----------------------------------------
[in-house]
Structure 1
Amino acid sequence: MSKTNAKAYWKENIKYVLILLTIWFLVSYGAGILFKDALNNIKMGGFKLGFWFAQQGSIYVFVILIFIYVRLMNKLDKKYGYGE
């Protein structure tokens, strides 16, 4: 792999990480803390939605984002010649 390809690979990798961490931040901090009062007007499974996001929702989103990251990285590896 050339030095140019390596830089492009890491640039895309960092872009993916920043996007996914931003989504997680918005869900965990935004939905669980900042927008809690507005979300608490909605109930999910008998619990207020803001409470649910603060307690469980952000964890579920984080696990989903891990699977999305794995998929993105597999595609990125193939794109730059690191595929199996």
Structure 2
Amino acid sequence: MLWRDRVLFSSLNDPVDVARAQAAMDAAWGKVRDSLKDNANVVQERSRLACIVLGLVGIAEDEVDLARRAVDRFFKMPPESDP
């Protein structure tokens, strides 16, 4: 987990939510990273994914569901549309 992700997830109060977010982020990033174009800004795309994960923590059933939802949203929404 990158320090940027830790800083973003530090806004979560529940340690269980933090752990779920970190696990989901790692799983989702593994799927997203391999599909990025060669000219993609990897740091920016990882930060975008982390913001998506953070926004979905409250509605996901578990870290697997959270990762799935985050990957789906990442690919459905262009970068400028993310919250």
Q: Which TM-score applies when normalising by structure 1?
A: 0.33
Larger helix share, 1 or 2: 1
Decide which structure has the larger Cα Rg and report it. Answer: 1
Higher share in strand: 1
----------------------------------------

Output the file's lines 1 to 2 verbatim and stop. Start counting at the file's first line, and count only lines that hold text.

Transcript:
[in-house]
Structure 1